March 3, 2006

SSA aids kids with jailed moms

A group of Social Service Administration (SSA) students convened Wednesday for the first meeting on their “Family Stories” project, a program picked up by SSA students to link incarcerated mothers to their children. The project aims to increase literary interest in a demographic group often identified as “underachievers” in educational pursuits.

Students selected a book for each child after evaluating surveys completed by mothers on their child’s interests and reading level. The books were provided by Companions Journeying Together Inc., a prison ministry that reaches out to incarcerated women and men through programming.

Julia Sitko, a first-year student at the SSA, organized the meeting as the first step in initiating a “social justice” project with the help of fellow students and an interfaith prison ministry.

“We feel that these are women who have made mistakes,” Sitko said. “But they are women and children whose chances for improved lives and for normalcy have much to do with the maintenance of their bonds with each other during this difficult time.”

Karen Hutt, a pastor acting as liaison to Companions Journeying Together, told the students at the meeting that sensitivity to the mothers’ prolonged separation is important to consider when interacting with the children.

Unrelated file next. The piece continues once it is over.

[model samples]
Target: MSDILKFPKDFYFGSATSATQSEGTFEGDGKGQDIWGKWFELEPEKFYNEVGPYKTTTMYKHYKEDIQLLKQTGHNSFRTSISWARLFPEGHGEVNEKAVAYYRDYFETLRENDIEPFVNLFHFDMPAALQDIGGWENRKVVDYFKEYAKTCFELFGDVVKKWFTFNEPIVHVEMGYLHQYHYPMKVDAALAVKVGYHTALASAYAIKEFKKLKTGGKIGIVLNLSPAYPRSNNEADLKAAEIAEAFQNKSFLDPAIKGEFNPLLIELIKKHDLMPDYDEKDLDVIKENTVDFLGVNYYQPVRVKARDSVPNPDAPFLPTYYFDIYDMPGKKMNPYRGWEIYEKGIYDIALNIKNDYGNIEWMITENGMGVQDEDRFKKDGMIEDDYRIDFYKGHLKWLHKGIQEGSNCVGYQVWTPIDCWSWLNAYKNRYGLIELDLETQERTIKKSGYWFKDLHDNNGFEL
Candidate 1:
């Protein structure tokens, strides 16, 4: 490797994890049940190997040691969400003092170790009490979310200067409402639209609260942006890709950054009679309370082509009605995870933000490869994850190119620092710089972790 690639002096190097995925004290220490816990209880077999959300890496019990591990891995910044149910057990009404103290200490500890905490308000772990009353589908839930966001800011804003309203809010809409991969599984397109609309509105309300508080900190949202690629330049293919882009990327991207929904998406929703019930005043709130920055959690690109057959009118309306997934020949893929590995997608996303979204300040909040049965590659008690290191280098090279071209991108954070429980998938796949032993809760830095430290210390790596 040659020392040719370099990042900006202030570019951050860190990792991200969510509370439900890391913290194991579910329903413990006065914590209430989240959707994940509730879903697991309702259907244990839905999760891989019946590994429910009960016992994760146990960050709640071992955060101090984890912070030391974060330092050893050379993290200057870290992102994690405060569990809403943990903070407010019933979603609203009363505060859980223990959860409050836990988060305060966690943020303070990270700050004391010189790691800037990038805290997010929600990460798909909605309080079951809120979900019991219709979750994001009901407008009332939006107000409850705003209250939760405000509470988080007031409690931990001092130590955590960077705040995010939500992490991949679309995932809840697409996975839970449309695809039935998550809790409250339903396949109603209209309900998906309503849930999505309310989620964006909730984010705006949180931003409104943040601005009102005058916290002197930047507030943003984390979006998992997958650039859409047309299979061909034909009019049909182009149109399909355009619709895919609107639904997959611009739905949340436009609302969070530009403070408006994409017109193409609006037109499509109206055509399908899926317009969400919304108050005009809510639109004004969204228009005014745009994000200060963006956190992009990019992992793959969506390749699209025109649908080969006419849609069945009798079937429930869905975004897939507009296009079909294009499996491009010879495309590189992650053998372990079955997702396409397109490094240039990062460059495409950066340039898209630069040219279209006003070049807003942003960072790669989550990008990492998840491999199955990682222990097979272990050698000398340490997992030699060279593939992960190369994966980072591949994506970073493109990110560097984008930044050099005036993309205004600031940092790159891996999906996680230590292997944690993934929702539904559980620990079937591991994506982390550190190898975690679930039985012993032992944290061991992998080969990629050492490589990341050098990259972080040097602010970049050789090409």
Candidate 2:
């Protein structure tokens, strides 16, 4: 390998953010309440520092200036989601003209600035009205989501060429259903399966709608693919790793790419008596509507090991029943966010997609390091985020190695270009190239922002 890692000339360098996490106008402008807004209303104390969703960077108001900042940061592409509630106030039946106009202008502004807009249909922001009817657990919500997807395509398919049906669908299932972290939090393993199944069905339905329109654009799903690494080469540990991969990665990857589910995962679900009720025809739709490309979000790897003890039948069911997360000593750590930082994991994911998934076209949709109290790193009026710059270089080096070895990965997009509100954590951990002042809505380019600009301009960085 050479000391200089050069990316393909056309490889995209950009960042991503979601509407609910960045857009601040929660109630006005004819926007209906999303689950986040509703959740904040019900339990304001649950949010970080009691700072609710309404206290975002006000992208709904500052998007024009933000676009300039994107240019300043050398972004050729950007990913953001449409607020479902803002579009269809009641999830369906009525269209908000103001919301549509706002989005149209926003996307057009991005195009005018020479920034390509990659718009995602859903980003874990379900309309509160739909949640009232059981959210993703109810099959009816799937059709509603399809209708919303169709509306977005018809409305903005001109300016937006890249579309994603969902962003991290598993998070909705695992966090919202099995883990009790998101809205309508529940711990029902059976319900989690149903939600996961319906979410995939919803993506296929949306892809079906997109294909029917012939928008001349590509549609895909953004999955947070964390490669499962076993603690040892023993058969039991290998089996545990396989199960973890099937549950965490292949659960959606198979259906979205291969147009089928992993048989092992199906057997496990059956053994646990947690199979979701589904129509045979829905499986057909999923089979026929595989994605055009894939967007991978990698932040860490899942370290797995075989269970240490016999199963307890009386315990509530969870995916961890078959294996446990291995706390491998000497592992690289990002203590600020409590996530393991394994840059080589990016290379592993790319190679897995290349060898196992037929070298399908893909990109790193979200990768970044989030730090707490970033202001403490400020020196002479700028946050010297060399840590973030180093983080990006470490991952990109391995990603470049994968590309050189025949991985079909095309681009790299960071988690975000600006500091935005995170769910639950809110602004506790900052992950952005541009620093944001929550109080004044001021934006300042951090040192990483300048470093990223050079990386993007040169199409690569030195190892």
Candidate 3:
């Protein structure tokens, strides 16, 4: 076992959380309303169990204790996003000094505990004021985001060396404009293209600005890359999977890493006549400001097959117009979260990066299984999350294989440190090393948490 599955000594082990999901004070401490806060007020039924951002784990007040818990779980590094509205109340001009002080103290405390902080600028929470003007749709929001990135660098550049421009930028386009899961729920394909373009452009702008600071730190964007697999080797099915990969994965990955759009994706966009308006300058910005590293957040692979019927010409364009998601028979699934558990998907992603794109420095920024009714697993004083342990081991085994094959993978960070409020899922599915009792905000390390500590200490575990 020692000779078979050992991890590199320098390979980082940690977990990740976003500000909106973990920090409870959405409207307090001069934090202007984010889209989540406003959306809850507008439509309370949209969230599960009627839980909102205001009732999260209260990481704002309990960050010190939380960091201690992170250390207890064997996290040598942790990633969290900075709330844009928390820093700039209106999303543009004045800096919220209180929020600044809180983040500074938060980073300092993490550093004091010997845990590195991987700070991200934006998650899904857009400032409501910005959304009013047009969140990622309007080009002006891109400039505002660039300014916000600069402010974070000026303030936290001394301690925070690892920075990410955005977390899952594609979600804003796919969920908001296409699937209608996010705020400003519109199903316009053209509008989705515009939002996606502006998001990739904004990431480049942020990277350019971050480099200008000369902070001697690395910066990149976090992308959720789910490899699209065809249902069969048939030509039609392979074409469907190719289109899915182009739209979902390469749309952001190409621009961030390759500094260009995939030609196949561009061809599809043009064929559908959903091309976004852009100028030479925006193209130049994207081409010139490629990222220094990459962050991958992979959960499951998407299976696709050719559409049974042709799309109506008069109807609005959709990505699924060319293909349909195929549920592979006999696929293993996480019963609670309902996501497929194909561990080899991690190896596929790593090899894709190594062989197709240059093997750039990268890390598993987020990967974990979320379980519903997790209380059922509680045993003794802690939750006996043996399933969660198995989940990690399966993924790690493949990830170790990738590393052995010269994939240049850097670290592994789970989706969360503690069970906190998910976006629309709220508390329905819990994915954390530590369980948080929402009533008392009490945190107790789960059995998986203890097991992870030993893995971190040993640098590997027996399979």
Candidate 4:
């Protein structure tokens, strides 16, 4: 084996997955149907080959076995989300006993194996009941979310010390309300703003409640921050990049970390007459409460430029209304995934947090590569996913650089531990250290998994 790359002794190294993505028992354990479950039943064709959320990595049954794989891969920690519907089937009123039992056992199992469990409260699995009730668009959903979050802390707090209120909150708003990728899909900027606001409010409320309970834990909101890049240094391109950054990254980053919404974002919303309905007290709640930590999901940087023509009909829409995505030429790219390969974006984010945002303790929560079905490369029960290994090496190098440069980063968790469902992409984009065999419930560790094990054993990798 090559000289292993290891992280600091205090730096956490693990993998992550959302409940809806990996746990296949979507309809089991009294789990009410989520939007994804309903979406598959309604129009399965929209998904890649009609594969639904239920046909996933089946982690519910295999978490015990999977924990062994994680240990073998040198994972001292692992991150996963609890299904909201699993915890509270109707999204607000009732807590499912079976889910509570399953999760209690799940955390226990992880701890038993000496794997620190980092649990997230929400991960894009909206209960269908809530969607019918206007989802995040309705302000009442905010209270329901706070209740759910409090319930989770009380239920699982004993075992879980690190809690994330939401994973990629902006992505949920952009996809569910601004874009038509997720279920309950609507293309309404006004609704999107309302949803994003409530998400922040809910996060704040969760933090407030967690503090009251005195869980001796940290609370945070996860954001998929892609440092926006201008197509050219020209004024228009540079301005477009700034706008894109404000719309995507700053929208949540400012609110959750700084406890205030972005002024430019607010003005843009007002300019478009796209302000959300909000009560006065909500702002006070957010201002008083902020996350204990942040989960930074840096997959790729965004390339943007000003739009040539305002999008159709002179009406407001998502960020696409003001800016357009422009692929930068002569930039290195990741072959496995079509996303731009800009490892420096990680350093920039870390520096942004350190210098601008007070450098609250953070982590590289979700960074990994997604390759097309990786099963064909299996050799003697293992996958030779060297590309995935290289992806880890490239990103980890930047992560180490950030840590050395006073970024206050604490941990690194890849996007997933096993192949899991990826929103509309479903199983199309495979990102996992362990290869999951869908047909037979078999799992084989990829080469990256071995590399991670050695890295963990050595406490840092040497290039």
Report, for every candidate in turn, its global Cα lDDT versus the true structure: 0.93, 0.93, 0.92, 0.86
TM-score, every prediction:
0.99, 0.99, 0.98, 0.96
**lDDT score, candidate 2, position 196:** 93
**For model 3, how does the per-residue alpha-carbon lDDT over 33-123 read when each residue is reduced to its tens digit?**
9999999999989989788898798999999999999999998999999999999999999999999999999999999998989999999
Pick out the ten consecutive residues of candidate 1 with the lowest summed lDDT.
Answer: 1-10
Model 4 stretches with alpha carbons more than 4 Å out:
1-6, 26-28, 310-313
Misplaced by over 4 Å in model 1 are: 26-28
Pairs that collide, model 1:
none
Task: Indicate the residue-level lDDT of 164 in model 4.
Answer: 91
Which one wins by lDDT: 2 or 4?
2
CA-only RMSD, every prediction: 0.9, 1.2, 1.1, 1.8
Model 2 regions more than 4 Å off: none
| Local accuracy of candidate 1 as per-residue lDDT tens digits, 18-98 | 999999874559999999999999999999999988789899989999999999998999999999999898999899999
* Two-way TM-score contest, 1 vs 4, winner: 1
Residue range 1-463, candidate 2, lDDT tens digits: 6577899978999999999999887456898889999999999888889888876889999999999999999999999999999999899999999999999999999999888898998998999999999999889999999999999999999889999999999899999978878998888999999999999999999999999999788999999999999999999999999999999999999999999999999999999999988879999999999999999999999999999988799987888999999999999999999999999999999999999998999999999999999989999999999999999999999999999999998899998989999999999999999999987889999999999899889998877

Hutt is also working with other schools such as Northwestern University, Wright College, and Elmhurst College in the Family Stories project. Hutt said she works with college students because she wants “future policymakers” to be involved in the initiative.

Hutt also encouraged descriptions of college life in the hopes that the children will be inspired to pursue higher education.

“This is the optimistic population,” said Hutt, referring to the SSA students’ positive attitudes. Hutt said she hopes the optimism would spread to the children in the program.

Sitko cited her long-held interest in prison reform issues as her reason for initiating the collaboration with Hutt.

“I believe that our prison system is punitive and not rehabilitative,” Sitko said. She acknowledged that some SSA student groups are active, but called for more partnerships with community organizations like Companions Journeying Together.

One hundred women from the Dwight Women’s Correctional Facility of Illinois will participate in the Family Stories project. To encourage continued correspondence for everyone involved in the program, the children will receive envelopes and stationery to write back to the SSA students as well as their mothers in prison. After writing to SSA students about the books they have read, the children will receive certificates and small gifts as rewards for their achievements.

Hutt explained that the addition of a stamped and addressed letter to the mother might make a difference in promoting contact between the children and their mothers. She reflected on a case in which one mother received the first communication from her child in two years, a connection Hutt said was made possible through this kind of program.

Sitko expressed her devotion to continuing the project and planning follow-up meetings.

“By no means is this [effort] closed,” Sitko said, adding that she welcomed any support from her fellow graduate students or students in the College. Sitko said she anticipates the need for book drives in the future but that she hopes for campus support once the project officially launches in the next few weeks.